May is dedicated to construction safety and includes National Building Safety Month, Construction Safety Week (May 1 – 5) and The National Safety Stand-Down to prevent falls in construction. These annual efforts help to shine a spotlight on safety in one of the most dangerous industries in the world.

The construction industry historically sees more workplace deaths and serious injuries each year than any other industry. In 2021, construction deaths due to falls, slips and trips increased by 5.9 percent.  According to the Bureau of Labor Statistics (BLS), nearly 1 in 5 workplace deaths occurred in the construction industry in 2021. If you add the tens of thousands of non-fatal injuries, you quickly get a picture of how dangerous the industry can be.

Today we want to do our part to bring attention to the important topic of safety in the construction industry and share some resources that may help organizations reduce injuries on jobsites.

Construction Safety Week Resources

Just driving by a construction jobsite can show you why the work they do is so dangerous. While the issue of safety on an active jobsite is a complicated matter, there are some common situations that lead to injuries, including:

  • Construction jobsites are full of potentially dangerous situations and equipment that can cause serious injury and death.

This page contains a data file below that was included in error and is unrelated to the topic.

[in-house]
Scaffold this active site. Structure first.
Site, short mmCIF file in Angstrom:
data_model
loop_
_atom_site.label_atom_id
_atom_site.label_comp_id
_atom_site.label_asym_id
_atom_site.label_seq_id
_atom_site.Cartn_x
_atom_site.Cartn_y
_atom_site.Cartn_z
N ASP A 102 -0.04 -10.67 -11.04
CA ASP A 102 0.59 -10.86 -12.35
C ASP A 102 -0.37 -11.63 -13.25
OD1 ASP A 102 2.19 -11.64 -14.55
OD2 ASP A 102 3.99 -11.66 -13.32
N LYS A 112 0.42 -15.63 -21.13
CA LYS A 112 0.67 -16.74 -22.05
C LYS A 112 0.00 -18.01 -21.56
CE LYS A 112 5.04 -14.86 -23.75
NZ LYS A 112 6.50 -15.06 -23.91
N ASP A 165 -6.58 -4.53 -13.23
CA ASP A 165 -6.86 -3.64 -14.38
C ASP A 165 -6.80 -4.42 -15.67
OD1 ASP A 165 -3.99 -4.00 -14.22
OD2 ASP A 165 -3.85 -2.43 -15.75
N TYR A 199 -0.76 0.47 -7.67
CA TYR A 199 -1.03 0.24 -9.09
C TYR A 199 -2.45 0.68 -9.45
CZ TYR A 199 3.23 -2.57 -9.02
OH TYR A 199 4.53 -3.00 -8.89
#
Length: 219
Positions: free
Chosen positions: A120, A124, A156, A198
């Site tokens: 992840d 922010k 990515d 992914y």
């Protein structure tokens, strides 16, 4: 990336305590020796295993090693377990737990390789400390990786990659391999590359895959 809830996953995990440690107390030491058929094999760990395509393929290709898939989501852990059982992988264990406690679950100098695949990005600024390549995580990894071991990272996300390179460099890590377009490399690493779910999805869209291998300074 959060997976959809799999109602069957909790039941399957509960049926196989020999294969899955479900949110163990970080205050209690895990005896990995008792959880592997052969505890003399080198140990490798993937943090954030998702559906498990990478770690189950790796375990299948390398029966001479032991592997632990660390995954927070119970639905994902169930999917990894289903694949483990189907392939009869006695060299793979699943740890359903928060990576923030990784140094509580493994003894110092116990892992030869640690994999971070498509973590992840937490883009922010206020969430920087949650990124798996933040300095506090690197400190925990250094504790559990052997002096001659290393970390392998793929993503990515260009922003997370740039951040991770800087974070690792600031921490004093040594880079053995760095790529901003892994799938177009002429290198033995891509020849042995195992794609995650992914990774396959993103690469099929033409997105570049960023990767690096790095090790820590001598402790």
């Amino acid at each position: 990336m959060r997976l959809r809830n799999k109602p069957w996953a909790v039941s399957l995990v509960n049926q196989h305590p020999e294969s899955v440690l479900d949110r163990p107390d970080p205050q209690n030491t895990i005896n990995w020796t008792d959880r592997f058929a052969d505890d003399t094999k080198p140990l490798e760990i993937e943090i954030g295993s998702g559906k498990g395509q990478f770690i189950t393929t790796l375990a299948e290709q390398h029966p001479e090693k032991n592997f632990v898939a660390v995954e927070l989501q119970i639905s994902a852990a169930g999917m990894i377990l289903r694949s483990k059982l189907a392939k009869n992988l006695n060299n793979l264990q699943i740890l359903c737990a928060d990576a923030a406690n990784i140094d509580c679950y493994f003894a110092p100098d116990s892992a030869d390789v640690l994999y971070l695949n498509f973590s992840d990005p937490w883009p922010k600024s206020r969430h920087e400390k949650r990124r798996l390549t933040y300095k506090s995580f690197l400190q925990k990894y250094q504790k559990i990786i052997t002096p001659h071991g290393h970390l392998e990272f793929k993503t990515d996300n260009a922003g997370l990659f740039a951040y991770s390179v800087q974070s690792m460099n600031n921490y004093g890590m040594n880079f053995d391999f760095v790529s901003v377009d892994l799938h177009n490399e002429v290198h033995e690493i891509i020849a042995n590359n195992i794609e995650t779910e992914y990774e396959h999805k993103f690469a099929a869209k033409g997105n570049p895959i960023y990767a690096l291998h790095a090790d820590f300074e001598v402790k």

• Construct work regularly puts workers into precious situations high above ground, underground, in areas that require balance and near heavy objects that may not yet be properly secured.
  • There are moving hazards on jobsites including people, heavy equipment and materials that are continually moved from place to place.
  • Construction workers put in long, exhausting hours and do so in unfavorable weather. This level of exhaustion increases the potential for mistakes.
  • Construction workers may be exposed to potentially dangerous substances and problems like dust, dangerously loud sounds and environmental hazards that cause injuries and illness.

Additionally, suicide rates and stress-related issues are a serious problem for the industry. The CDC lists construction as one of the top industries for suicides and most years it has the highest suicide rates among all industries. The reason for this remains unclear and needs more research, but professionals suggest many factors including chronic pain associated with physical labor and injuries are to blame.

If you work within the construction industry and want to help improve safety and wellness within your organization, the following resources can help you get a head start:

Construction Safety Week 2023 Official Site

Safety Week 2023 planning

Construction safety courses (OSHA)

Fall Prevention Campaign (OSHA)

Fall prevention safety guide (OSHA)

Nail gun safety guide (OSHA)

Safe lifting guide (Associated Builders and Contractors)

Sun exposure guide (Associated Builders and Contractors)

Ladder safety guide (OSHA)

Fall protection in residential construction

Five construction safety tips

Mental Health in Construction

Mental health first aid | Mental health resources

Substance abuse and mental health service administration help line (SAMHSA)

Construction suicide prevention (Construction Safety Alliance)

5 Tips for construction workers dealing with anxiety

Mental wellness field guide

Many construction safety resources can be viewed in various languages (Spanish, Polish, Russian and Portuguese) through this visiting this link.

The material presented here is educational in nature and is not intended to be, nor should be relied upon, as legal or financial advice. Please consult with an attorney or financial professional for advice.